Half an hour ago the entire camp turned out to welcome back our Senior Boys who paddled across Algonquin to Whitney and back – a trip they’d been training for every morning at 6 for weeks. We’re proud of the boys’ accomplishment, but even prouder of the dedication and teamwork they showed in their training. Camp at 6:3o in the morning is always a hive of activity, and one of my most favourite times to witness children at their best. Here’s what it’s like every morning here: Kids in the Arowhon A style swimming class are practicing style swimming at the girls dock, with their four staff teachers… Whitney and Brent marathon trip kids are paddling and portaging circuits around camp – paddle from the Point to the Curve, jump out of the boats, put them on their backs and portage back to the Point. And again…. and again. At the canoe dock, also in the morning, there are a dozen kids working on style canoeing – They’re currently choreographing and practicing a torch paddle (canoe ballet at night, with torches on the bow and stern of each boat) for the last night of this session… And there are kids getting coached in tennis… that’s all before breakfast.
The Juniors all came back from their canoe trips this afternoon. A great time was had by all…. The girls Brent trip (170 km marathon canoe trip to the extreme north of Algonquin Park and back) was supposed to leave when the Whitney trip left – at daybreak yesterday, but we cancelled it. As risk managers, our job is to assess the risk of every activity and decide – in advance – whether it’s safe, and what precautions to put in place to reduce risk. the Brent girls had been training every morning, as had the Whitney boys, but the two trips are profoundly different – The Whitney route is within a half hour’s hike of Highway 60 at every point, and the halfway mark is the town of Whitney, an easy one-hour drive from camp. Whitney has reliable phone service as well. The Brent route goes deep in the interior of Algonquin, through territory that’s nowhere near the highway, making an evacuation – if needed – very challenging. On Wednesday, when we made this decision, the weather forecast for Friday was 30’C with very high humidity (making it feel like 37’C) and possible severe thunderstorms. We assessed the risk and decided that possible heatstroke from over-exertion, and having to pull off the water in case of thunderstorms, made the Brent trip a bad risk. Whitney was okay because 1) it’s a much easier trip and 2) because of the route’s proximity to Highway 60 etc.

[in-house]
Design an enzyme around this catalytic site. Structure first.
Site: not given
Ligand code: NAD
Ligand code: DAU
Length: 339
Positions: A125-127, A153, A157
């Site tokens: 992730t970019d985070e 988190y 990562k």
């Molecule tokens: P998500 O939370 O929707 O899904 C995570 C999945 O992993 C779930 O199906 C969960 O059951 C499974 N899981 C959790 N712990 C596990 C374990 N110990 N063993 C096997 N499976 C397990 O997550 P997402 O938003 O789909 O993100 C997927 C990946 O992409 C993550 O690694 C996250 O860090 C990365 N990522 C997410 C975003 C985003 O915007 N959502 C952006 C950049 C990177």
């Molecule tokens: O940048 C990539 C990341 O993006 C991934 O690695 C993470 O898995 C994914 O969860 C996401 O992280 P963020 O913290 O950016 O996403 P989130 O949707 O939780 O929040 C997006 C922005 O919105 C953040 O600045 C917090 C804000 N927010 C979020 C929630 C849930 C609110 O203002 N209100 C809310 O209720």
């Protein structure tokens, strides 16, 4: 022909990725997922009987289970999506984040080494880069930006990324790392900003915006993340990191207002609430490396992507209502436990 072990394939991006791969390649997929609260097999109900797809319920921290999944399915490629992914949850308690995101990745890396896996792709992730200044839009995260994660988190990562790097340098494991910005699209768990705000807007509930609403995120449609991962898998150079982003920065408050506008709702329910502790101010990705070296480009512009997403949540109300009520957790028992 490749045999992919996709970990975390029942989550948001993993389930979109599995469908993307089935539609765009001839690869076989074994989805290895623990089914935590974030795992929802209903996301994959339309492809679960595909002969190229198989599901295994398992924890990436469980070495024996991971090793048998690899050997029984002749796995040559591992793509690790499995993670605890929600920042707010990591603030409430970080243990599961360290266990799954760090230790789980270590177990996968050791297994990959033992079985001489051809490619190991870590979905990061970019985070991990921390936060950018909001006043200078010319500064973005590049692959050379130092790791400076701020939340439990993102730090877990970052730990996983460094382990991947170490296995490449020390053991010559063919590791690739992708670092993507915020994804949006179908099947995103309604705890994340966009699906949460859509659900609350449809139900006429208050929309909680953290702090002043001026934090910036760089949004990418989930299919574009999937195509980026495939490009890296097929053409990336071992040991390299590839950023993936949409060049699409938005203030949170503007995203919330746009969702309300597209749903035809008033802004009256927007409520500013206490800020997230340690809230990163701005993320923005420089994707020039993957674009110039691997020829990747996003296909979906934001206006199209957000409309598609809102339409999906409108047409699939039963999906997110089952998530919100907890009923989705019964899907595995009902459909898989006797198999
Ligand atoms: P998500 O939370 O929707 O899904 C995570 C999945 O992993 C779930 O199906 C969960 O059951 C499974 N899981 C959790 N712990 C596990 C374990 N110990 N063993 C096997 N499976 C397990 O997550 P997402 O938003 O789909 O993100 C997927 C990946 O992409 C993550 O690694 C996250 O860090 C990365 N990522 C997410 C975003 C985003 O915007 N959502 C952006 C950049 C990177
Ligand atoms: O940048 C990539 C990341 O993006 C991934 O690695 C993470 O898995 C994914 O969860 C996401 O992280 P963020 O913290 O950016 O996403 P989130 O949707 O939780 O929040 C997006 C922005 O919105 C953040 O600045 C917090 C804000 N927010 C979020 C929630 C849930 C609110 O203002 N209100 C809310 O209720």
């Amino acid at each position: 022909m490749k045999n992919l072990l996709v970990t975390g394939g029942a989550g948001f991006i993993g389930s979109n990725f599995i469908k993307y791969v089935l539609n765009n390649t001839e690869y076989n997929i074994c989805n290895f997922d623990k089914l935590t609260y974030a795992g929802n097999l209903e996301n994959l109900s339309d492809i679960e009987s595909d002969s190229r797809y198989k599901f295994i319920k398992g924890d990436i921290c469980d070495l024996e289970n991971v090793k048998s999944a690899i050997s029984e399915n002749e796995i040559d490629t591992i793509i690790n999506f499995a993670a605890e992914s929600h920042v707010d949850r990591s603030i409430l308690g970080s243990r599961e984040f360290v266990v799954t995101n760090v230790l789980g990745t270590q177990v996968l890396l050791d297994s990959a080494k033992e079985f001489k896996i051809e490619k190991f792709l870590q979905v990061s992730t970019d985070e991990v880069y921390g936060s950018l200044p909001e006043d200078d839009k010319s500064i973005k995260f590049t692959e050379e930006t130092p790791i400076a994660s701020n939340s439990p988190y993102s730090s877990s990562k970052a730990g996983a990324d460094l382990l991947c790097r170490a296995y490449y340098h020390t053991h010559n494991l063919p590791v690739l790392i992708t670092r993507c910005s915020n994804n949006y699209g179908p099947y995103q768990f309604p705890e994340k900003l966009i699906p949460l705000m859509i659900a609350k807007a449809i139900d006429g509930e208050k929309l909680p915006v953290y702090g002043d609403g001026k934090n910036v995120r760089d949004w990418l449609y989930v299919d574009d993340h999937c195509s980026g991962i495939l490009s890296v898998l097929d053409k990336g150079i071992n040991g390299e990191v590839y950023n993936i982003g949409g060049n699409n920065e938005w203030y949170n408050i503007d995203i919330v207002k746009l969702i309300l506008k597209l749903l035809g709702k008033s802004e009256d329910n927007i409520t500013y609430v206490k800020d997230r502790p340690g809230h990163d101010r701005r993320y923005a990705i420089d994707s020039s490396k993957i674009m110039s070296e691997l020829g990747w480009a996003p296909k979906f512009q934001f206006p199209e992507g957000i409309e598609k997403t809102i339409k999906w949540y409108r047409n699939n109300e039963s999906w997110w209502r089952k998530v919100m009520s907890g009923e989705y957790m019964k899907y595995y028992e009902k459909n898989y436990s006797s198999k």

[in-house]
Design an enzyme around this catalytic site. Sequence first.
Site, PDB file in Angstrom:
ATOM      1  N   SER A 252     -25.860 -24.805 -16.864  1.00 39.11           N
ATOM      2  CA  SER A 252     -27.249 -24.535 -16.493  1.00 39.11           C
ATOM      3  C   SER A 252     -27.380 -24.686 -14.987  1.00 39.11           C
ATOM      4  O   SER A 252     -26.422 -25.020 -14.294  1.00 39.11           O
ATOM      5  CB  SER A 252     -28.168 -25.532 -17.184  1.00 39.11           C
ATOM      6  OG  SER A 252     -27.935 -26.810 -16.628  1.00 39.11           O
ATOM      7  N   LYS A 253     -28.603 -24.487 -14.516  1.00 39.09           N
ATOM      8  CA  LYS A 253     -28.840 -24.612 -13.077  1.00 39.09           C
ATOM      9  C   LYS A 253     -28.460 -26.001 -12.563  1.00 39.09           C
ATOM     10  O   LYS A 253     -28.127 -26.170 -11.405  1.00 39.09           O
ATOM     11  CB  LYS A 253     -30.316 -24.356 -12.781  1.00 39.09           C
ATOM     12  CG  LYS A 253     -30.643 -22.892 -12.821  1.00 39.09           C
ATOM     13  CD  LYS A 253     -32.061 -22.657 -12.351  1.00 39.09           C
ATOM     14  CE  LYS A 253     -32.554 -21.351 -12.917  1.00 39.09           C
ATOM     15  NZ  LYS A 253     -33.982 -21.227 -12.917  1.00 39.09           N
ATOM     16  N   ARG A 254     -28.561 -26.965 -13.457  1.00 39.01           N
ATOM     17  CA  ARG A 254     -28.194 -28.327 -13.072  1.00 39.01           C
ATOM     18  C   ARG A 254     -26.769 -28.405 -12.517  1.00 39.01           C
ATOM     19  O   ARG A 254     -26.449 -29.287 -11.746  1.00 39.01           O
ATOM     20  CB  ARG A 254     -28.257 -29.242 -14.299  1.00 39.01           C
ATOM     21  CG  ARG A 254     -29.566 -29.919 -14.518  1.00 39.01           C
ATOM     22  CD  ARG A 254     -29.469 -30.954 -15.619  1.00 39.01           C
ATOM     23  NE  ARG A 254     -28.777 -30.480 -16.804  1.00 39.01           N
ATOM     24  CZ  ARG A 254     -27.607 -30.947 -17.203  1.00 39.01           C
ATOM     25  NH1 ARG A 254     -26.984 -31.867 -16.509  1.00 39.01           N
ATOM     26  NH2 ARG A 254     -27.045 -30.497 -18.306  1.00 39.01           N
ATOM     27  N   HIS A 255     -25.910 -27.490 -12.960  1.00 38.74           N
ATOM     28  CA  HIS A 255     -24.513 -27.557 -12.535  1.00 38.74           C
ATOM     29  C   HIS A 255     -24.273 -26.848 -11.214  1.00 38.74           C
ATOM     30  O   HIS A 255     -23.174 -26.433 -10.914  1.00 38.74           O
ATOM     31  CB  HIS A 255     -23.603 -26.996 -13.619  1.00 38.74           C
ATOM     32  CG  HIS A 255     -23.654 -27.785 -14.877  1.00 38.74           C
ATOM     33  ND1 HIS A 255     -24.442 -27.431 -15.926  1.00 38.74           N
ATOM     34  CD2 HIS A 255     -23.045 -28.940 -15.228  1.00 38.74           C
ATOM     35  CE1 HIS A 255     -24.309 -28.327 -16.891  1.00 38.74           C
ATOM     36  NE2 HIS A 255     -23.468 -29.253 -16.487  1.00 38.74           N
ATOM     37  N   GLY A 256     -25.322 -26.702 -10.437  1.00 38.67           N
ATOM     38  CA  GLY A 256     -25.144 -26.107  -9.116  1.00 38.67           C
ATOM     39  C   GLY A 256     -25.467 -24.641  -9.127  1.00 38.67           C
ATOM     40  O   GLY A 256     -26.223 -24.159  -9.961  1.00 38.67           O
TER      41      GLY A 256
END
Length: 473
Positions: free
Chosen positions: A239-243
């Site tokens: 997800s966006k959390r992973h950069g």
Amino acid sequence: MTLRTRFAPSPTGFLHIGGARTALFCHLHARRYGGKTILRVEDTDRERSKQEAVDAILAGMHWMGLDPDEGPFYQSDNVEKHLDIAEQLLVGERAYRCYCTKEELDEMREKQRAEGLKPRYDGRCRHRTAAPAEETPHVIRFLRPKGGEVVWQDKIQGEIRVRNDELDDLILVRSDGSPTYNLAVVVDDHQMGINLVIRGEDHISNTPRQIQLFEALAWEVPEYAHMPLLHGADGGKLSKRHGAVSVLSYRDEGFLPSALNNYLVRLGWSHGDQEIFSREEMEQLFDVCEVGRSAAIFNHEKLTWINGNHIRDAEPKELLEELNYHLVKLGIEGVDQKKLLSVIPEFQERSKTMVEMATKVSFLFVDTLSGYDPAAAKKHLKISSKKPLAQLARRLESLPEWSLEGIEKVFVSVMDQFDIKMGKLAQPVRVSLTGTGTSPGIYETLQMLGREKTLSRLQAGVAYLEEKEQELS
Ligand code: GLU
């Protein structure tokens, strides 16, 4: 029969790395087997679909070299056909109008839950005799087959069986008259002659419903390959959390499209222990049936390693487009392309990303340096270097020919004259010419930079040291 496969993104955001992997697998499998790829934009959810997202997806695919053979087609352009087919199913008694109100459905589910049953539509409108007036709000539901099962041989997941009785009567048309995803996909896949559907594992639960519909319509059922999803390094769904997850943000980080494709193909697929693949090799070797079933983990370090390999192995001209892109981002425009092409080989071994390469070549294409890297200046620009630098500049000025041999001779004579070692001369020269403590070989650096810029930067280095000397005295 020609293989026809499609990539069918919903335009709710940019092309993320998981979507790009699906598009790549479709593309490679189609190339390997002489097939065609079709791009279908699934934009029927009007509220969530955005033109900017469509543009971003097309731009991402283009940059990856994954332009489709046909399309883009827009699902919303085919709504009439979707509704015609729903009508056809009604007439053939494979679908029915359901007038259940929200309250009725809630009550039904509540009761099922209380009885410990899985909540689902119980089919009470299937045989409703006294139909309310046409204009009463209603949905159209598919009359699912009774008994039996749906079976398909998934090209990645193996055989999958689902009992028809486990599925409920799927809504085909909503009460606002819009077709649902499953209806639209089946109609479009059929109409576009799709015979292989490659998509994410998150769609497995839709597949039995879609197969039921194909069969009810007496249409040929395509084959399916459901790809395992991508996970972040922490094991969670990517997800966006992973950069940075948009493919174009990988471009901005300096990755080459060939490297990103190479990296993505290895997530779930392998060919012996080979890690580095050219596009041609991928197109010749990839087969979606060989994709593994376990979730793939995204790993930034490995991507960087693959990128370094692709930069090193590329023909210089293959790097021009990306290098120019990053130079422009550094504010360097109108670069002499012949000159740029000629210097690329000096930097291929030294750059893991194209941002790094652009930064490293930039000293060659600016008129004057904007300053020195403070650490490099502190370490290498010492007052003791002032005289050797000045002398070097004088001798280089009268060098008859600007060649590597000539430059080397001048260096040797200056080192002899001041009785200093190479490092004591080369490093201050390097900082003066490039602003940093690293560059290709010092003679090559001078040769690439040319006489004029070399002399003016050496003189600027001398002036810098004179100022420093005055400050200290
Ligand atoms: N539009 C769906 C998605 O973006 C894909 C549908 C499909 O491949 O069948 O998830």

Other camp news: We hosted a cabin reunion at lunch the other day. This was a cabin of girls (now grandmothers, some with grandkids as camp!) who started at camp as Inkies in 1945; most of them grew up to be Section Heads here, and they’re still best friends! They came to camp the other day wearing cabin t-shirts: Geta Aaron Richman, Marilyn Arnold Aarons, Frances Silver Kushner, Wendy Herman Eisen, Diane Finkel Hubert and Sharon Bez Ruzumna. They got up in front of the whole camp to sing We Are The Girls of Arowhon… and were surprised when we joined in – because we still sing that song… Then they walked over to the Senior Girls section and joined them in a rousing rendition of Sure There’s Taxes – another song we’ve been singing at camp since before I was an Inkie in 1953.
And: the kids who carved cherrywood paddles last week have been oiling their paddles, and they look gorgeous….AND: tonight is the Cotillion banquet and Senior Girls show, Rustic Lounge.
Whitney trip is back!